NEW YORK, U.S. - The latest United Nations Educational Scientific and Cultural Organisation (UNESCO) report suggests that a journalist is killed in every four-and-a-half days. The ...
• Arab region tops the list of journalist deaths
• Western European countries and North America witnessing increasing number of journalists’ death
• Print medium journalists top the list with 316 deaths
NEW YORK, U.S. - The latest United Nations Educational Scientific and Cultural Organisation (UNESCO) report suggests that a journalist is killed in every four-and-a-half days.
The report which was released on Wednesday, claims that in the last decade, 827 journalists had been killed while on duty.
The worst hit areas were Syria, Iraq, Yemen, and Libya.
According to the Safety of Journalists and the Danger of Impunity report, Latin America is the next worst affected region.
59 percent of the deaths have been in the conflict zone, according to the report that assessed a decade (2006-2015).
The Arab region being the first in the list accounting for 78 deaths out of 213, in the last two years alone.
The numbers in the Western European countries have also leapfrogged to 11 from none in 2014.
Medium wise, print media journalists top the list with 316 deaths in the course of ten years.
This was followed by 234 TV journalists, 171 radio, 64 web and 42 cross-platform journalists.
The report said, “The extent of the risks faced by journalists is demonstrated by the 827 killings recorded by UNESCO over the course of ten years.”
“To this, one needs to add the countless other violations endured by journalists, which include kidnappings, arbitrary detention, torture, intimidation and harassment, both offline and online, and seizure or destruction of material,” it added.
In an event hosted by the Permanent Mission of Greece to the UN, along with the UNESCO, Ambassador Catherine Boura of Greece in her opening remarks said, “The International Day to End Impunity for Crimes against Journalists should remind us of our duty to confront the viscous cycle of impunity.”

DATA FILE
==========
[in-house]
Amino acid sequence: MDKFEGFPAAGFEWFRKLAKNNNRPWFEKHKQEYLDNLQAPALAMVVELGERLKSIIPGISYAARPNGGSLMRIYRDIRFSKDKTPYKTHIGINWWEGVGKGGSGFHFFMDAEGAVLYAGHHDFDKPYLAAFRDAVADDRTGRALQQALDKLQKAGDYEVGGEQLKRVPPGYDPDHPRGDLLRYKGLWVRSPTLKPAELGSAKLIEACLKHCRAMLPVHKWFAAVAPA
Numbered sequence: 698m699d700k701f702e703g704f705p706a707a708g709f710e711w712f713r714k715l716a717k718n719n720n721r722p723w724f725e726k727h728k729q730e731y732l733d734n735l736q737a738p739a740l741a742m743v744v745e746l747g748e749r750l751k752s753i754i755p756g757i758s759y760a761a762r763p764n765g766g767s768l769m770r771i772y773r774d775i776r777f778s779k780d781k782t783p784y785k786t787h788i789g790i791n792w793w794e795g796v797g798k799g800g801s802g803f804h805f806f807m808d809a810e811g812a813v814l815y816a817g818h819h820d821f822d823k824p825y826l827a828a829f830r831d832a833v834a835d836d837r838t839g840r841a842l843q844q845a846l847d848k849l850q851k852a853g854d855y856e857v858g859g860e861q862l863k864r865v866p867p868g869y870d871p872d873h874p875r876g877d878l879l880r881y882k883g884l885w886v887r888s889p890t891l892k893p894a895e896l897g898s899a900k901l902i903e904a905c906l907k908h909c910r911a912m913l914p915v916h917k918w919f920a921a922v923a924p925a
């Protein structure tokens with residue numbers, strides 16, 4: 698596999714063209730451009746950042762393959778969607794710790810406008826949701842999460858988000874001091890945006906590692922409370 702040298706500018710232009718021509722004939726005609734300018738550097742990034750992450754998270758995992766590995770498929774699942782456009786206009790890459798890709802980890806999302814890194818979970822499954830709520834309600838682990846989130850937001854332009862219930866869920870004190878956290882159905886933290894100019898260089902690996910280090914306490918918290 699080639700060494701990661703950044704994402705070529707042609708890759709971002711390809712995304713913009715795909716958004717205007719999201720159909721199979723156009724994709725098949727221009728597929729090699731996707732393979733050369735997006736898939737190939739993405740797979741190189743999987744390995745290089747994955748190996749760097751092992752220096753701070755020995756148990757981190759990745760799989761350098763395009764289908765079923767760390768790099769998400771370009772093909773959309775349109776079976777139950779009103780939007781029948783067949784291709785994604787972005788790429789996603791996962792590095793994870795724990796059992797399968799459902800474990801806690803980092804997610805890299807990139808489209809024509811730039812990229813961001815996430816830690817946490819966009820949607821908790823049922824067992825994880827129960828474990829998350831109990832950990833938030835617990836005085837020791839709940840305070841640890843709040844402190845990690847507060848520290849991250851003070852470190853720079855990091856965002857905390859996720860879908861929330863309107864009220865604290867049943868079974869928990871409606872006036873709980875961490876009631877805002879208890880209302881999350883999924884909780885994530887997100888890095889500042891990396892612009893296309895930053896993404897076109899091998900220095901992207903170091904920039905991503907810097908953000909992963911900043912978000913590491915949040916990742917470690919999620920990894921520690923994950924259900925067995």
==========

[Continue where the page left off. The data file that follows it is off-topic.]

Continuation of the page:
“It is our priority to secure a safe environment which will guarantee freedom of speech and expression as well as access to information for all,” she added.
“Let’s not forget that every case of a journalist or media worker harassed, injured, arbitrarily detained or killed is an assault to freedom of expression and a threat to the foundations of open and democratic society,” she said.
Meanwhile in Afghanistan, at least 11 journalists have been killed and hundreds more forced to flee from fighting in the first 10 months of this year, making it the deadliest year for the country.
The Afghan Journalists Safety Committee, a local media watchdog has said that more than 60 journalists have been killed in the country in the past 16 years and authorities never investigated those deaths.
Pernille Dahler Kardel, the Deputy Social Representative of UN Assistance Mission in Afghanistan (UNAMA) said, “The cycle of violence and impunity in Afghanistan has been a longstanding challenge, but has been particularly troubling for journalists over the course of the last year. However, deaths in the conflict zones are not the only problem journalists are dealing with. According to Kardel, journalists also face such situations while reporting corruption cases. She said, “Impunity emboldens perpetrators and feeds into a vicious cycle. Fear and self-censorship among the media are real issues that end up denying the public the right to information and diminishing confidence in the rule of law.”
The participants in the panel were Frank La Rue, UNESCO Assistant Director-General for Communication and Information; Mazen Darwish, Syrian journalist and President of the Syrian center for Media and Freedom of Expression; and Courtney Radsch, Advocacy Director of the Committee to Protect Journalists (CPJ).
One of the most notable presence was Abdalaziz Alhamza, the journalist who lost his colleague and co-founder of ‘Raqqa is being Slaughtered Silently,’ the information campaign launched by non-violent activists to expose the atrocities committed towards the civilian population of Raqqa. The campaign won CPJ’s 2015 International Press Freedom Award.